October 3, 2018 - 1:45pm
In resource-rich Canada, people often assume our water supply is limitless but between contamination and overuse, we have to wonder: how much water is really available?
Vancouver Island University (VIU) Geography Professor Dr. Alan Gilchrist and Master of Geographic Information Systems Applications student, Tim Sivak, have partnered with the BC Ministry of Forest, Lands, Natural Resource Operations & Rural Development; the Regional District of Nanaimo; and the Cowichan Valley Regional District to develop a water budget that will help answer this question for many communities and regions across Vancouver Island.
In February 2016, the BC Government updated its Water Act with the Water Sustainability Act (WSA). The goal of the WSA is to ensure a sustainable supply of fresh, clean water to meet the needs of BC residents now and in the future. With that in mind, the WSA requires that groundwater be licensed for non-domestic use.
“While the Water Act only required licensing of surface water for non-domestic use, the WSA requires licensing for groundwater as well,” says Gilchrist. “This means that anyone who diverts or uses groundwater outside of household use must obtain a license and pay fees and rentals. The problem is that nobody is sure how much water is actually out there because there is limited information and mapping available. This runs the risk of over allocation of water.”
This is where the water budget comes in.
In the short-term, the water budget will help water managers (i.e., the BC Government, regional governments and municipalities), the public and other interested parties understand how much water is available for human use in BC.
“A water budget accounts for the relationship between the inputs and outputs of water through a region,” says Gilchrist. “Once completed, the water budget will give us scientific measurements and estimates regarding the amount of water in each basic component of the hydrological cycle, allowing us to calculate the movement of water throughout the entire system.”
Basic components of water budgets include precipitation (e.g., rain and snow), evapotranspiration (i.e., evaporation from soil, transpiration by plants, etc.), surface water (e.g., lakes and rivers), groundwater flow (i.e., aquifers) into and out of the watershed; changes in surface water and groundwater storage; changes in snow and ice storage; and human withdrawals and inter-basin transfers.
“Knowing where, when and how much water is flowing into or out of an area helps us calculate how much is left for other uses – such as human use – and where stresses or water shortages exist or are developing,” says Gilchrist. “With this information readily available, governing bodies will be able to confidently make decisions regarding groundwater licenses.”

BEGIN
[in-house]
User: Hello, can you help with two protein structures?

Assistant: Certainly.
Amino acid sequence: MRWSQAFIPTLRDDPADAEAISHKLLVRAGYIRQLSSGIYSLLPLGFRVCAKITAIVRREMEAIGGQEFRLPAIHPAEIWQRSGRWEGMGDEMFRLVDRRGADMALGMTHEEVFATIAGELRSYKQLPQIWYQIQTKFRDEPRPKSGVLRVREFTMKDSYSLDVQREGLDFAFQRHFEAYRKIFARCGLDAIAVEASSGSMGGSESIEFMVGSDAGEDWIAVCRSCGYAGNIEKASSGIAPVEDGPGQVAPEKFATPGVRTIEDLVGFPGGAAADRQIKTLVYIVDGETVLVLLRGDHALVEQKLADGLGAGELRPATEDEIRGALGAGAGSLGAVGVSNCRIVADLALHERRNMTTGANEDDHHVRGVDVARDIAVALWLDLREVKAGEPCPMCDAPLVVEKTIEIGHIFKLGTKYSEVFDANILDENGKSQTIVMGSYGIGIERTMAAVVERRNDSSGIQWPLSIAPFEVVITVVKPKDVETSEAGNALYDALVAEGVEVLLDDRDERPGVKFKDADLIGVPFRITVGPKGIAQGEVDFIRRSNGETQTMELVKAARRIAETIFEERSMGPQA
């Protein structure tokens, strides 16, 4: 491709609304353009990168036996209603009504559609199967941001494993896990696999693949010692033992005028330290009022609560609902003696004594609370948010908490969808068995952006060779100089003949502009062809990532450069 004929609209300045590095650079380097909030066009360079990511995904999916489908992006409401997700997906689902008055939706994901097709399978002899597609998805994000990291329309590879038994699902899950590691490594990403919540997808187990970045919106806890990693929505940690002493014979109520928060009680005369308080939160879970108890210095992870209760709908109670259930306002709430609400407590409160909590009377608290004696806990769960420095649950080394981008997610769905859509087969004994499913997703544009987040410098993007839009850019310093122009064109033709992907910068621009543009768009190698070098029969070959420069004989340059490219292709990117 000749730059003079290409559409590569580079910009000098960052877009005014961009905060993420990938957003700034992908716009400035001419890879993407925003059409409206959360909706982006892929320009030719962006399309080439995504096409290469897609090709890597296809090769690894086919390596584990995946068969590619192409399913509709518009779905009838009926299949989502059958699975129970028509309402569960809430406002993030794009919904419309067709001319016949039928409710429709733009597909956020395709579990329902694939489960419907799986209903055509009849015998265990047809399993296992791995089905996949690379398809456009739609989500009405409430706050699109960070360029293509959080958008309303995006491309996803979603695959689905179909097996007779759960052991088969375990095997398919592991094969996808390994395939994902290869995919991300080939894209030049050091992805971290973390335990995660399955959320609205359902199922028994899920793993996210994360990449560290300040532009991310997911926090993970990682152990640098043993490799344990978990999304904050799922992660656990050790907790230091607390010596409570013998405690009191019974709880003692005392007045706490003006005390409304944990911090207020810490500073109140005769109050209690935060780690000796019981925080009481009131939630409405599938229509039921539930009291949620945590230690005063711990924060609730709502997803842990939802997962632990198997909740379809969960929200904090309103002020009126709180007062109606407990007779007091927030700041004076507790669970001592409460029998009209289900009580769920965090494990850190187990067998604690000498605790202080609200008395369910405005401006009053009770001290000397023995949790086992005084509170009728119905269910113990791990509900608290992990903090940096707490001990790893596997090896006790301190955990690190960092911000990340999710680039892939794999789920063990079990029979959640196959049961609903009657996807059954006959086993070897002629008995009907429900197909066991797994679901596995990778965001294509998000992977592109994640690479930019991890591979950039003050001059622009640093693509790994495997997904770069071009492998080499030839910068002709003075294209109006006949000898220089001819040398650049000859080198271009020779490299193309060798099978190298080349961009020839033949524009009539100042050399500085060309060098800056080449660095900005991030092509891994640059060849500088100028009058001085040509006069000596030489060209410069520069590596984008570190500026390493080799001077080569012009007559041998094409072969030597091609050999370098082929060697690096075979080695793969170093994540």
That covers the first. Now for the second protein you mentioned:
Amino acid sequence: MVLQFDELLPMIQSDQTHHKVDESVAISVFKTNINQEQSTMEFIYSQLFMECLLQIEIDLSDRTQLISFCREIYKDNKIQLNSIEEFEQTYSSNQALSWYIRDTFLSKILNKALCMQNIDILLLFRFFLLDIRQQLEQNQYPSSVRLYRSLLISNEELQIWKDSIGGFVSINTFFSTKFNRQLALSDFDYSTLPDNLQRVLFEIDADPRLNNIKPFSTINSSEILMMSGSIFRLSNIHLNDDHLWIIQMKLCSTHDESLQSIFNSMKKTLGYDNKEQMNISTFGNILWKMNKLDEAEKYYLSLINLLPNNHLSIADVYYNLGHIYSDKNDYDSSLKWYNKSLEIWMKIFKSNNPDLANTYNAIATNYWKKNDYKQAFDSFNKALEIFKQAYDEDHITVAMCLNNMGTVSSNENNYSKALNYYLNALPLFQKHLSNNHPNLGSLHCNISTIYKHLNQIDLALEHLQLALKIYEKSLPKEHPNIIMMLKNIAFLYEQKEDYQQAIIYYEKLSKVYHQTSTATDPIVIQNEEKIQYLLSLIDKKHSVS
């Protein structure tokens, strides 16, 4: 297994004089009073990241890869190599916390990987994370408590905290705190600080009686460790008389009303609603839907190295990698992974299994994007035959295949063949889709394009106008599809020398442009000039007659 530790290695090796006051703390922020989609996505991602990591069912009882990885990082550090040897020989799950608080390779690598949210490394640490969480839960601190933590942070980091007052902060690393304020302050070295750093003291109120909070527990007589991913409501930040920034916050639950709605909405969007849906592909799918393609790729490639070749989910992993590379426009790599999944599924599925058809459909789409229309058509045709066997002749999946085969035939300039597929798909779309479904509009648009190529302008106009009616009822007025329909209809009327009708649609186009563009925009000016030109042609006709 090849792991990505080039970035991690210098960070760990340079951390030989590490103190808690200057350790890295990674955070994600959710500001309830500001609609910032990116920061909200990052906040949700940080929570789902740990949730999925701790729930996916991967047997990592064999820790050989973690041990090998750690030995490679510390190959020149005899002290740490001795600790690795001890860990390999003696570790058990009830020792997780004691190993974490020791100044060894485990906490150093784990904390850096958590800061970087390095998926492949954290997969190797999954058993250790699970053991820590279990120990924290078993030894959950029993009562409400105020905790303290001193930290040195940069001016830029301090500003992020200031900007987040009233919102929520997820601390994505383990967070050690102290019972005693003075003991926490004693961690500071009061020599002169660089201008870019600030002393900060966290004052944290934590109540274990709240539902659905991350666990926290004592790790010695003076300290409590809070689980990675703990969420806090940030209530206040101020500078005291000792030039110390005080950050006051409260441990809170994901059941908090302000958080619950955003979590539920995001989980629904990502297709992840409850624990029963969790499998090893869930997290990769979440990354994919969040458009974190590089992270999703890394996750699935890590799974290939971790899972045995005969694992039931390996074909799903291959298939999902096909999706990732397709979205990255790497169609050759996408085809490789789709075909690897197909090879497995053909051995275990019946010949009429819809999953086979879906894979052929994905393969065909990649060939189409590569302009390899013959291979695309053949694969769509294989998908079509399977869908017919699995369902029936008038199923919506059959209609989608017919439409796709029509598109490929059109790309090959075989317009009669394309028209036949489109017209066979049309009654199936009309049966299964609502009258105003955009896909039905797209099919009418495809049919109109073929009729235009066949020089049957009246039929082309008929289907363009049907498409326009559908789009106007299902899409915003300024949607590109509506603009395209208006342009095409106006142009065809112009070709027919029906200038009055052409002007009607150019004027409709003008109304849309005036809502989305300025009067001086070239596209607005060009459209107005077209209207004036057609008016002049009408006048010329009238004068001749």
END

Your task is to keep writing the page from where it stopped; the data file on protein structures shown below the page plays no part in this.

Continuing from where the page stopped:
Granted a Vancouver Island University Faculty Association assisted leave from August 2018 to 2019, Gilchrist will work closely with Sivak to determine a way to quantify existing data (e.g., data from climate stations, the amount of water in rivers, etc.). From here, Sivak will develop a computer model and together they will create a publicly accessible interactive map.
"The project is an interesting combination of Geographical Information Systems, surface water, and groundwater science,” says Sivak. “We are thankful for the opportunity to conduct this work."
Gilchrist’s hope is that in the long-term the model will help all water managers and other interested parties assess the overall differences in water quantities between communities and develop a vision of what the hydrological cycle in each area may look like in the future (e.g., whether or not the inputs and outputs balance and what the impact is when compared to climate change data).
“Existing climate change data shows that Vancouver Island can expect an increase in overall temperatures, an increase in the amount of rain in the winter and drier summers,” says Gilchrist. “Water systems on Vancouver Island are already stressed during the summer but with the information provided by the model, we will be able to better predict and prepare for these changes.”
Gilchrist has been active in water resource management research since he moved to Vancouver Island 18 years ago. Motivated by a desire to study something that was not only interesting but also practical and relevant, he has worked with all levels of government to develop a series of tools to help protect and manage water.
“From 2006 to 2010, I worked in collaboration with others at VIU, the BC Ministry of Environment, Natural Resources Canada, and the Vancouver Island Health Authority to develop intrinsic vulnerability maps for all seven regional districts across Vancouver Island to identify where aquifers are vulnerable to contamination from various high risk land-use activities,” says Gilchrist. “Using an existing methodology developed by the US Environmental Protection Agency, we produced the first map of this magnitude in Canada and gained better insight into groundwater on Vancouver Island.”
According to Gilchrist, approximately half of Vancouver Island relies on groundwater for drinking water. Unfortunately, it moves slowly below the ground and is not easily visible. While the vulnerability map made it possible for municipalities to make decisions about development from an aquifer pollution perspective, the water budget builds on this by finding a way to quantify and map the changes in the amount and quality of water available.
Jenn McGarrigle, Communications Officer, Vancouver Island University